After I reviewed the Cisco Packet Tracer Mobile and hearing the announcement that CCIEs can put themselves on a new “Continuing Education Program”, I am encouraged by this methodology in keeping pace with new technology and making these training programs accessible to working professionals.
But it shouldn’t stop there. High School students who are serious about advancing a career in technology should ALSO be apart of this structure. Syncing learning tools like Cisco Packet Tracer Mobile to very specific goals, and then building them out in a rapid “level up” environment, feeds encouragement in a students quest for learning networking skills for life.
If Cisco Network Academy takes their modules, breaks them up and introduces a lab at the end where a student immediately applies what they learned, they can then “level” up and collect skills like searching for “coins” or “easter eggs”. When all objectives are found, they move onto the next tool set which would be another platform like GNS3.
By breaking up the traditional way of learning (by semester), it’s broken down to functional skill sets. This mirrors closer to real operations where professionals need to update their skill sets and their resume doesn’t read like a twitter feed gone horribly wrong, but could state the following:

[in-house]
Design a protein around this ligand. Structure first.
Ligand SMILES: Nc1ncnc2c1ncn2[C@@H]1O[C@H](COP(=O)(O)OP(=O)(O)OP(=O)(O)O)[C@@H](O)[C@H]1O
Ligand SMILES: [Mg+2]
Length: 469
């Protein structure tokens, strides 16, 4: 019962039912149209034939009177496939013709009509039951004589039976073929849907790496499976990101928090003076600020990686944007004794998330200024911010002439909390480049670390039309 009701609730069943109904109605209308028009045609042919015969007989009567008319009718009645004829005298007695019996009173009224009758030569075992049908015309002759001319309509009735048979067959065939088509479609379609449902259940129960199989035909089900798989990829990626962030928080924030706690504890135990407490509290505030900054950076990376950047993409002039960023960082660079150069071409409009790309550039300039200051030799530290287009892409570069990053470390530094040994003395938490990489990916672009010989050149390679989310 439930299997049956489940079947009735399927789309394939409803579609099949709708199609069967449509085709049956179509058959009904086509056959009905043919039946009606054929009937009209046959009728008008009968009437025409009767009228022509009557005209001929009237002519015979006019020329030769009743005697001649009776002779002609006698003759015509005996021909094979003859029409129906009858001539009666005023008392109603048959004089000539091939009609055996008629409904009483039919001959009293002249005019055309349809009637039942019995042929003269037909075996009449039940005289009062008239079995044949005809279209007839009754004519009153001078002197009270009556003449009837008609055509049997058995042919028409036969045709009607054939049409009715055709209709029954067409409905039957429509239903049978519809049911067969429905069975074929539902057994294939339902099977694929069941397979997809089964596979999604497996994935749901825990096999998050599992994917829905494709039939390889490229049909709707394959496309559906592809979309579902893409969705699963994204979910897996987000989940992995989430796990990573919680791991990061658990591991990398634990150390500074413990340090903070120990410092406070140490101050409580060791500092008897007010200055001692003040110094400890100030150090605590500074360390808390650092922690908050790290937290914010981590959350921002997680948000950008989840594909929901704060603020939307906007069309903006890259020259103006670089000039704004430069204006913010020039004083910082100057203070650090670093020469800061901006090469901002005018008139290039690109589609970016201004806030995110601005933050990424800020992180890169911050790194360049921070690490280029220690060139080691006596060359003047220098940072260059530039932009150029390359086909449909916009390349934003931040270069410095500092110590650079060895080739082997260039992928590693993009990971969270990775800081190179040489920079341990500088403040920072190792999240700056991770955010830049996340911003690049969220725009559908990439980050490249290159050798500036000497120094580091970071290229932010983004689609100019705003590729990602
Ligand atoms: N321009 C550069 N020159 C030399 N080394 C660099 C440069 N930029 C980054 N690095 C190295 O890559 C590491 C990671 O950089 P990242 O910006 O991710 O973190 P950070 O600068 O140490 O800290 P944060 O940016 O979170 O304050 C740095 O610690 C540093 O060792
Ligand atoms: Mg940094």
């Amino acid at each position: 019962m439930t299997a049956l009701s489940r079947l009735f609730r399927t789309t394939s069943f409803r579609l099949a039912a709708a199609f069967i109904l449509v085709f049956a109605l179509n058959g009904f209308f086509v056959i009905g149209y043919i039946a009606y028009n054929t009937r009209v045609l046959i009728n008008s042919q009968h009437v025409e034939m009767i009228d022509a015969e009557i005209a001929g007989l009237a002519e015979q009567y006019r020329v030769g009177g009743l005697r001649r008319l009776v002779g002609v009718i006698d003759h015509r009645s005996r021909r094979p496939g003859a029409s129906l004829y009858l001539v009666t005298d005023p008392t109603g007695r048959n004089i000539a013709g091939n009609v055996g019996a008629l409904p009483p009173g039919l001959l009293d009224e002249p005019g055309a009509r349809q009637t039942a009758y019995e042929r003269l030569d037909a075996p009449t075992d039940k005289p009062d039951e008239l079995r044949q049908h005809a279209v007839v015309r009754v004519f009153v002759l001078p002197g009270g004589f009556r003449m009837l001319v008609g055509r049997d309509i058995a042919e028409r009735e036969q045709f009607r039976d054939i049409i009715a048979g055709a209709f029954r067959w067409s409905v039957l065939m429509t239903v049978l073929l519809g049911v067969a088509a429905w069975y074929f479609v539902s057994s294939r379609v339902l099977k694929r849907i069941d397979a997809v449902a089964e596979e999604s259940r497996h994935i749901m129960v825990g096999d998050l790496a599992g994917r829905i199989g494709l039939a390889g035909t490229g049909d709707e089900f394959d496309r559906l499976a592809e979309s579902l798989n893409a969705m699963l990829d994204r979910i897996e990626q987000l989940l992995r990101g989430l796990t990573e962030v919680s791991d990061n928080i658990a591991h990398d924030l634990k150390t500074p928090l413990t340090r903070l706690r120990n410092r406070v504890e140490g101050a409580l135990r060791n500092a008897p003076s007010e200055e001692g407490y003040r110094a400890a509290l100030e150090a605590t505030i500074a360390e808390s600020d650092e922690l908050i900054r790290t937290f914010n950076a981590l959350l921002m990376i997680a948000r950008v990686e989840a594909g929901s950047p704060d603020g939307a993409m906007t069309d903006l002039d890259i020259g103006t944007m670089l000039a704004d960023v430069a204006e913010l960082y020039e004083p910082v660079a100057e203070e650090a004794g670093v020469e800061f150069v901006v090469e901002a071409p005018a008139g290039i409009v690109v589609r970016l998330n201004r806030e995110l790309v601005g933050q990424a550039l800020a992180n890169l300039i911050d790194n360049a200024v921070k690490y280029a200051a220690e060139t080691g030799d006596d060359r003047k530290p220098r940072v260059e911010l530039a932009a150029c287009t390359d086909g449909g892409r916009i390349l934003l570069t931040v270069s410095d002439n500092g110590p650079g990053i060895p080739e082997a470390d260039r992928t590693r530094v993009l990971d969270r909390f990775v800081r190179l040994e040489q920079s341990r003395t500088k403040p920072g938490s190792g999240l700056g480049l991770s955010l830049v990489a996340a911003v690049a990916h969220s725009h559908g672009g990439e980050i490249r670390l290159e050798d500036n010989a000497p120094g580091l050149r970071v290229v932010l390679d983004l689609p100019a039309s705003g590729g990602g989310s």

Obtained 50 skill sets in troubleshooting OSPF.
Mastered fundamental networking concepts (346 skill sets) from the Cisco Network Academy. Click here to see all completed skill evaluations and lab work here: (insert web page).
No longer is there a need to go to a traditional university for a four year program when an employer can evaluate the labs and white papers of the applicant and make a decision based on tangible values as opposed to playing the ‘interview game’.
You took the time to learn these valuable skills, you get a shot at doing what you love.
I think structuring the learning experience like this will allow us to keep up with supporting new innovations at the same pace of the new releases that are projected to come out at a rate of 72 hours as opposed to the old notion of 18 months.
By decentralizing tools and implementing rapid training programs in very small, manageable skill sets, we are then more prepared to handle the future of tech.
If you have heard of the 80/20 rule, then it wouldn’t be hard to understand the 600,000/6,000/60 rule. Basically, out of 600,000 clickers on an online community, there is really 60 who are active, contribute and help others. Those 60 should be encouraged to use this type of training. Those are the ones I look for in my network and are worth the time to mentor. Mentor those 60 and you can mentor 600,000 at the same time. If you read this within 24 hours, you are in the 60.